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    "More than they need" is a new concept for me. Here we end up trucking in extra most years. It must be a very good year where you are. Sounds like you need to buy some stock or pay for someone to bushhog. It hurts to hear about all that good hay going to waste when we could really use more around here.
     
  10. MELOC

    MELOC Master Of My Domain

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    what is your location farmer joe?
     
  11. Mountaineer

    Mountaineer Well-Known Member

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    In the BC southwestern interior. It's in the mountains but close to a river, we have rich soil and plenty of moisture. Canary reed grass desn't help anything.
    I'm thinking this may actually help push the few patches of butter cup out, though the thistles may end up spreading. They will be blooming within a week or two. 10 acres is too many to hand pull!
     
  12. Mike in Ohio

    Mike in Ohio Well-Known Member

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    It's been a good hay year by us as well. I've offered our hay around but there isn't much interest (from folks able to take it off themselves). I've had a few people without equipment (or access to it) express interest but that doesn't do anyone much good. I'll be brush hogging it down soon.

    Mike
     
  13. michiganfarmer

    michiganfarmer Max Supporter

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    sell it cheap. I would be concerned with brush hogging it. That will leave an awful lot of chewed up hay lieing on top of the hay that is trying to grow up through it. Id be worried about killing the exisiting living hay.
     
  14. Chuck

    Chuck Well-Known Member Supporter

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    I sure need to get mine in - but it won't stop raining!
     
  15. wilderness1989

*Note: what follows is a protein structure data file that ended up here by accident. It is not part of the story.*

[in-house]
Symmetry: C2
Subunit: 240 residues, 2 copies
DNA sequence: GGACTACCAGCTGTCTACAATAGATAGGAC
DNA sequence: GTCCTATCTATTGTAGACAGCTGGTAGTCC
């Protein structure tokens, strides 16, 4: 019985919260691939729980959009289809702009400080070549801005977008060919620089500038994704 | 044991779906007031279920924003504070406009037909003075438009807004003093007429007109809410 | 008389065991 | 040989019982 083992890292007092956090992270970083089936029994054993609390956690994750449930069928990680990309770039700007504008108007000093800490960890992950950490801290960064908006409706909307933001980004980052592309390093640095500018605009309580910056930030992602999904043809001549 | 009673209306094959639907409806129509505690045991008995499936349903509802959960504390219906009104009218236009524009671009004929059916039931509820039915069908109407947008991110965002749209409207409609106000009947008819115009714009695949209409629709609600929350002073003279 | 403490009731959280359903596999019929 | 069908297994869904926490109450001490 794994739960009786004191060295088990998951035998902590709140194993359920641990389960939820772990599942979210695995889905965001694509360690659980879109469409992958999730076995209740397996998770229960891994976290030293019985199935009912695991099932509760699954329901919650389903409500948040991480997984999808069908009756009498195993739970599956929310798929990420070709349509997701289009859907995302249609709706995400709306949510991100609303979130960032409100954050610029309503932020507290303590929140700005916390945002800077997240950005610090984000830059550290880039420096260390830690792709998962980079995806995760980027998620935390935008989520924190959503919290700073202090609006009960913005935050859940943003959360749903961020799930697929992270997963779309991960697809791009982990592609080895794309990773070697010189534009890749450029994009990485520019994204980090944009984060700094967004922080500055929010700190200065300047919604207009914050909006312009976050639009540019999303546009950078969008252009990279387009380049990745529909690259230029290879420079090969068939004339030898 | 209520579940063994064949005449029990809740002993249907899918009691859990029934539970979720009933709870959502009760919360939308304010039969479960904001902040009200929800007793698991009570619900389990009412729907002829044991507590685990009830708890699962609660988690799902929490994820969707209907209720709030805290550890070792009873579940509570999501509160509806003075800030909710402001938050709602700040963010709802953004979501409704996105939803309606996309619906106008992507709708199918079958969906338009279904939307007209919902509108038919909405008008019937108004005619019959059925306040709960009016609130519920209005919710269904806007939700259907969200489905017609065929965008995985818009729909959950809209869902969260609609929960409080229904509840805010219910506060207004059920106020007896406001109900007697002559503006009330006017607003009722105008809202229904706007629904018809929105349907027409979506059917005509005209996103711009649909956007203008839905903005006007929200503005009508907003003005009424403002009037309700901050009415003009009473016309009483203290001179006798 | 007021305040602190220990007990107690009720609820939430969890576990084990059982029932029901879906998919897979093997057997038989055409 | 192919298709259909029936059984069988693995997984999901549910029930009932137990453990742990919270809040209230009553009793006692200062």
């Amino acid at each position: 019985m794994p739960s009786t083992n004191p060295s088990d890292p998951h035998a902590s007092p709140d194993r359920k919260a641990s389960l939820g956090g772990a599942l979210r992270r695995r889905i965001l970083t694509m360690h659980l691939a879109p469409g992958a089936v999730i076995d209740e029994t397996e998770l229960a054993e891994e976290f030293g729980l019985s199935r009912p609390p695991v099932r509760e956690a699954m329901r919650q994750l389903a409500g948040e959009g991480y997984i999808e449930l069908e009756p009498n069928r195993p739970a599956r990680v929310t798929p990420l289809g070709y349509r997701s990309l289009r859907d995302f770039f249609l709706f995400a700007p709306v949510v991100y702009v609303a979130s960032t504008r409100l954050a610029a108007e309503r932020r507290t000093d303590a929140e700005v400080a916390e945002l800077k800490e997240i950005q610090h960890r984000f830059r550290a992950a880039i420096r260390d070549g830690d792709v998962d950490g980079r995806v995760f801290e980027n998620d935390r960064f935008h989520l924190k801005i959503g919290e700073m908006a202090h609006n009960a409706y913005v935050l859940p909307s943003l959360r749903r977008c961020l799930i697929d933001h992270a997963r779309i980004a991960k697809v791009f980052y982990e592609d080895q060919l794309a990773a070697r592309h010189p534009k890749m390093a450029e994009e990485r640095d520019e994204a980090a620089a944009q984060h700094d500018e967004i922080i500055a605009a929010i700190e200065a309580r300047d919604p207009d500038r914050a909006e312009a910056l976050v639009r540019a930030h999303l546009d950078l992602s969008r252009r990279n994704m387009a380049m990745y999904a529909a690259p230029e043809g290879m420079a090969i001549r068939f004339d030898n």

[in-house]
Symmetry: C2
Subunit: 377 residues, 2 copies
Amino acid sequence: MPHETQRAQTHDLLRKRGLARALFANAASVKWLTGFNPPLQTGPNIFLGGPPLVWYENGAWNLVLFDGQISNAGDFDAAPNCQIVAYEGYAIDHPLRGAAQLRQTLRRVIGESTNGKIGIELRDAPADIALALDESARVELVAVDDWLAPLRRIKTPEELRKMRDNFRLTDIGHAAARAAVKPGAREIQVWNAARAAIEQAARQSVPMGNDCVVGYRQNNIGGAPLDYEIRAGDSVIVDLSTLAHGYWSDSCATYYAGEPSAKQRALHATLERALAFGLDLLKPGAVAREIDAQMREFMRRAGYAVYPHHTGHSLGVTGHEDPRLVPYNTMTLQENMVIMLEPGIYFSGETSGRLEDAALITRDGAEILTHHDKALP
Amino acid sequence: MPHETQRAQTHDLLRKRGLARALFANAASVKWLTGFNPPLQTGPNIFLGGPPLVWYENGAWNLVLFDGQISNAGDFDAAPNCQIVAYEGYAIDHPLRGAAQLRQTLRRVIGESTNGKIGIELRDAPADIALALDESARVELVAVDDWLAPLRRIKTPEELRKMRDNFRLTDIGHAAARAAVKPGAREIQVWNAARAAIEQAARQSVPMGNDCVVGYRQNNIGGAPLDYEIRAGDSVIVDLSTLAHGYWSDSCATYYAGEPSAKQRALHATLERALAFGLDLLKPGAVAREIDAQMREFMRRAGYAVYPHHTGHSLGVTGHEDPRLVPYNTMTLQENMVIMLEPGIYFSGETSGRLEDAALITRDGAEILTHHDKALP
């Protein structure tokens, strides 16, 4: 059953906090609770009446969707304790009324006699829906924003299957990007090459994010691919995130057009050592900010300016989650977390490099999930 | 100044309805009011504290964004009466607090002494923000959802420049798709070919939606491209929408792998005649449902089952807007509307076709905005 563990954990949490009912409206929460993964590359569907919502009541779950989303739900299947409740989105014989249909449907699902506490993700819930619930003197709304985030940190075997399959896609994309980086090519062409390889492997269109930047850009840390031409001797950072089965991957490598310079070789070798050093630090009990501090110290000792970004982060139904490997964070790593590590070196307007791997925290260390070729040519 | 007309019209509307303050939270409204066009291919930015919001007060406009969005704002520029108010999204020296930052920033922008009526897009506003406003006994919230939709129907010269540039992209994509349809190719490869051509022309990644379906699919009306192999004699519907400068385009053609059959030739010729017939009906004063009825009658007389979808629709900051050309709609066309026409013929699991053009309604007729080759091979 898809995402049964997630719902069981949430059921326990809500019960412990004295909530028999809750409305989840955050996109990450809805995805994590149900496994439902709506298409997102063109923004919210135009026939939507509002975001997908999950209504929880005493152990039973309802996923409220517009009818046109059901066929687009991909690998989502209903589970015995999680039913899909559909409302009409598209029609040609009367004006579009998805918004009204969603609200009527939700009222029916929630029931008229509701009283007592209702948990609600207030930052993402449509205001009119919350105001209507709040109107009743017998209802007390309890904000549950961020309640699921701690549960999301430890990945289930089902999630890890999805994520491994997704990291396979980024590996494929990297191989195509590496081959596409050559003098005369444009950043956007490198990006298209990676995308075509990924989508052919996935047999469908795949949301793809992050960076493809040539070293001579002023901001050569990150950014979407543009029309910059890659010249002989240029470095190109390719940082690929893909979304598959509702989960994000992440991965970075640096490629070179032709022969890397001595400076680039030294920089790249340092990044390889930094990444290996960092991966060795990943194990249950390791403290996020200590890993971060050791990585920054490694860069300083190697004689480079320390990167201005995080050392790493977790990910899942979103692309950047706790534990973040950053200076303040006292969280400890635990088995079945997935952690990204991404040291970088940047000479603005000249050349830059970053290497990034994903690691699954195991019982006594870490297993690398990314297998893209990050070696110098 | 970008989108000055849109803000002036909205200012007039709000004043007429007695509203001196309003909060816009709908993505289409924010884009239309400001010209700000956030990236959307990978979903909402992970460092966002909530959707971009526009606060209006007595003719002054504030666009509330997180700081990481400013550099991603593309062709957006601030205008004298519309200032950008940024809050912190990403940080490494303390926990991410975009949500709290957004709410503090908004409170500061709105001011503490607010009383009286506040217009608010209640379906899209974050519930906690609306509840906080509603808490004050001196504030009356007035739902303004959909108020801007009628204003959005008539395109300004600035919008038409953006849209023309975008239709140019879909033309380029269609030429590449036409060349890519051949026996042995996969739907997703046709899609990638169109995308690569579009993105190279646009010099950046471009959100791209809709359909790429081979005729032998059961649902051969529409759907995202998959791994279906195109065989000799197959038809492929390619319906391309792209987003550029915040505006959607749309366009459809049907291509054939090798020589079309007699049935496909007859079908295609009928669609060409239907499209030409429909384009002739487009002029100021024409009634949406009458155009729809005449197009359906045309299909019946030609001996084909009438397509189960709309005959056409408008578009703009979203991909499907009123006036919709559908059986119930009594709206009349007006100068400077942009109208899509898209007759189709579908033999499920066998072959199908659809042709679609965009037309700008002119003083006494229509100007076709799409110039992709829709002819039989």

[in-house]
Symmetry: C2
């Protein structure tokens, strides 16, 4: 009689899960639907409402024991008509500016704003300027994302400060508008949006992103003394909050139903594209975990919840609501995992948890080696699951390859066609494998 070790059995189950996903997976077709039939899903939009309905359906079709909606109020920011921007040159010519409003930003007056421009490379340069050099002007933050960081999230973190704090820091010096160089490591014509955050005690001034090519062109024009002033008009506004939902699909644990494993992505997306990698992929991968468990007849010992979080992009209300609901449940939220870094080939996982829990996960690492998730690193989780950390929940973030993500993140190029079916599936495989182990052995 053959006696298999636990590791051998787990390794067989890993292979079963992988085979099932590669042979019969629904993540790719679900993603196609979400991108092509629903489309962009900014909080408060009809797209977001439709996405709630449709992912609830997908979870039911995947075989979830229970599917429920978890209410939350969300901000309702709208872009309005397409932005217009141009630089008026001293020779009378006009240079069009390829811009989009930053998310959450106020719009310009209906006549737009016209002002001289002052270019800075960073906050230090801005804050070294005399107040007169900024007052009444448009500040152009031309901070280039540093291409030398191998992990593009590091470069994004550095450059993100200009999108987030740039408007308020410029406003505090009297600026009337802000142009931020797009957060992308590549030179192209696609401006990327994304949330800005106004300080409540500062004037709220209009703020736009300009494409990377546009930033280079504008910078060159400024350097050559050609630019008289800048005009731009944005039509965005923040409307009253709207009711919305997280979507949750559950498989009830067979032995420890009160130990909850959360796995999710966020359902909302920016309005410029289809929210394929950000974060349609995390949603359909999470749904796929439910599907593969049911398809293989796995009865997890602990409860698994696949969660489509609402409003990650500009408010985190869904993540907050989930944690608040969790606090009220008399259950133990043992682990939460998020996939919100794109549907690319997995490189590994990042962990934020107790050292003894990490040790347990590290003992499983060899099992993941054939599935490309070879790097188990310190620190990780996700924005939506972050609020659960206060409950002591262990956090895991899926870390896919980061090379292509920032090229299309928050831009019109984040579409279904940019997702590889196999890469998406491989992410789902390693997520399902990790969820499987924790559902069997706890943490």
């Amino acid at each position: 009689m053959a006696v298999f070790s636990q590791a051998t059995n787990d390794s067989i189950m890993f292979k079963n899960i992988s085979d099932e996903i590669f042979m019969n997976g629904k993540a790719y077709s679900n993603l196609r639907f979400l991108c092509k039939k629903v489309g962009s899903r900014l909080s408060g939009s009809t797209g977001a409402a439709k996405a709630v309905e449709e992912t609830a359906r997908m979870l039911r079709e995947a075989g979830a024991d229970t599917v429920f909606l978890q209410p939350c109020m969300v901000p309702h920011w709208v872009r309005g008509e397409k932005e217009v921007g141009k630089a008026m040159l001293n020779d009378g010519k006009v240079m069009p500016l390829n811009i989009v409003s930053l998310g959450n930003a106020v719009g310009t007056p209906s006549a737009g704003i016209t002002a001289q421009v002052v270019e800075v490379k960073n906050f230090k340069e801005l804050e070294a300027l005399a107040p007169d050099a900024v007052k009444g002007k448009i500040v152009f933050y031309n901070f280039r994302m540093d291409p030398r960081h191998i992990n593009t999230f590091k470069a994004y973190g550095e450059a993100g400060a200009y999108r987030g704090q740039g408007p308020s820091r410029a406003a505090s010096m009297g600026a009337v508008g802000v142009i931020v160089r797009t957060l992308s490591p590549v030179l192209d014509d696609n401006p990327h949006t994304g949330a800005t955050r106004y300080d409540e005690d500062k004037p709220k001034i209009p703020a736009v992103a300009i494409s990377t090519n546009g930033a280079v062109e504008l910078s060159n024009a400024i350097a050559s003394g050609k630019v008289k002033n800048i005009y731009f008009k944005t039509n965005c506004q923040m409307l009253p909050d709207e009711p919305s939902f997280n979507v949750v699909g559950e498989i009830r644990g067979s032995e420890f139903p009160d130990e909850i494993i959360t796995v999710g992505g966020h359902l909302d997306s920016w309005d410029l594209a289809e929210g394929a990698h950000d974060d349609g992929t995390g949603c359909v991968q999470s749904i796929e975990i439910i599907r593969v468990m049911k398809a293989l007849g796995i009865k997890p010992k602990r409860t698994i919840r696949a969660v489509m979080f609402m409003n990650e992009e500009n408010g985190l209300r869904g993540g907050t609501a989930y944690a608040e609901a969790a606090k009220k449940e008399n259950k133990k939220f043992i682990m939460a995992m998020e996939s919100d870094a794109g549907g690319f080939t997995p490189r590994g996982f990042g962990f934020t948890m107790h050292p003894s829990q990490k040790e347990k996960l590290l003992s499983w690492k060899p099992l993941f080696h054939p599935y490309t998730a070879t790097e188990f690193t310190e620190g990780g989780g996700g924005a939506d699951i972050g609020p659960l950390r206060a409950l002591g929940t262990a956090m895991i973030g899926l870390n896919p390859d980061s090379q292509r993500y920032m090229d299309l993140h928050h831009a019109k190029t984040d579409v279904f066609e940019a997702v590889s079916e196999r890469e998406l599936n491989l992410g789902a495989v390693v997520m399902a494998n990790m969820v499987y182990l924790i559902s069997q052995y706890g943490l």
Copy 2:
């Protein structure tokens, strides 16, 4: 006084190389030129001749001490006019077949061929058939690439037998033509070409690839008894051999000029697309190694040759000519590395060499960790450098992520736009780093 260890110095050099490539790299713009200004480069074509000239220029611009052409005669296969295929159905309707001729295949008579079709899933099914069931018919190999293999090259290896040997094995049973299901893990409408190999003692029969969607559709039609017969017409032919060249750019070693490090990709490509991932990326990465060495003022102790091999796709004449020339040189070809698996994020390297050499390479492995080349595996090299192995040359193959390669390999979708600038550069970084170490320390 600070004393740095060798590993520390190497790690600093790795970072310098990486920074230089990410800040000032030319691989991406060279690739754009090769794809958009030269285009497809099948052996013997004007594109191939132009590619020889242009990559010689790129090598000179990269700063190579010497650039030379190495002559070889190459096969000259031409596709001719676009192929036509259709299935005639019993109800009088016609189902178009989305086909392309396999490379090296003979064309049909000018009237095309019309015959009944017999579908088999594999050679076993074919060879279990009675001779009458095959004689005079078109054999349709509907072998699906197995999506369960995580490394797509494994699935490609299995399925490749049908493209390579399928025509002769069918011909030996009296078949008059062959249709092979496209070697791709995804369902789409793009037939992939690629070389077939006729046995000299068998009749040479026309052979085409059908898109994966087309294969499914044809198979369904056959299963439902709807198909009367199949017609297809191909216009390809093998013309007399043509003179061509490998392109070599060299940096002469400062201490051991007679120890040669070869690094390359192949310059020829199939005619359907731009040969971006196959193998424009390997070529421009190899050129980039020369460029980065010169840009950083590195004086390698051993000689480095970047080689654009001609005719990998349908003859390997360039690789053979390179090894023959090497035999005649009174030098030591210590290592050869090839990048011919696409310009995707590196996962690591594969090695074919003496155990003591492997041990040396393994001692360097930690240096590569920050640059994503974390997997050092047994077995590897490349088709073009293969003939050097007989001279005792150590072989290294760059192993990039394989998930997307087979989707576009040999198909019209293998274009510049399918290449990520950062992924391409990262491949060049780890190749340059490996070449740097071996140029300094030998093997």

wilderness1989 Well-Known Member

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    EXACTLY!!!!!
     
  16. dcross

    dcross Well-Known Member Supporter

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    My brother expected to fill the silo and make about 700 small square bales this year. Full silo, 1400 bales, and a bag of silage later, he was done with first crop:) Two or three more to go, and it's had plenty of moisture since being cut.
    A year ago they were considering cutting the ditches they were so desperate due to winter kill.
     
  17. Junkman

    Junkman Junkman

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    I am with you Chuck. We still have the big field to get it. Rain has it laid down and deer are having a field day. Last year it was nothing to see 7 to 10 deer in the fields. This year they appear to be scarce or better at hiding. There is one lady and her fawn that have been enjoying wifes garden. If I were the Farmer I would check into seeing if someone was interested in building fence to run their horses free for a year or two if he isn't ready to farm yet. Cost of fencing is high but boarding and running horses isn't cheap either. Or cows if a barn is near. We rented out our fields until we got on our feet and got our cattle.
     
  18. minnikin1

    minnikin1 Shepherd

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    We always brushhog the fields when we have no other choice. We rake up what we can the rest is recycled by mother nature.
    The leavings improve the soil, the weeds and woody stuff is kept in check and
    we don't have a problem with stuff underneath dying.

    We've read that if you open up one side of the brush hog, you will get windrows
    that are easier to pick up. We'll be trying that soon. Will let you know.
     
  19. Mike in Ohio

    Mike in Ohio Well-Known Member

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    I'm with minnikin1. Never had a problem with brushhogging a field and killing off the grass. I do brushhog with the 3pt raised up a bit so that I'm not cutting as close as one would if they were making hay.

    The other thing I do sometimes is go over the field a few weeks later with a finish mower.

    Mike
     
  20. mpillow

    mpillow Well-Known Member Supporter

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    ditto in Maine :Bawling: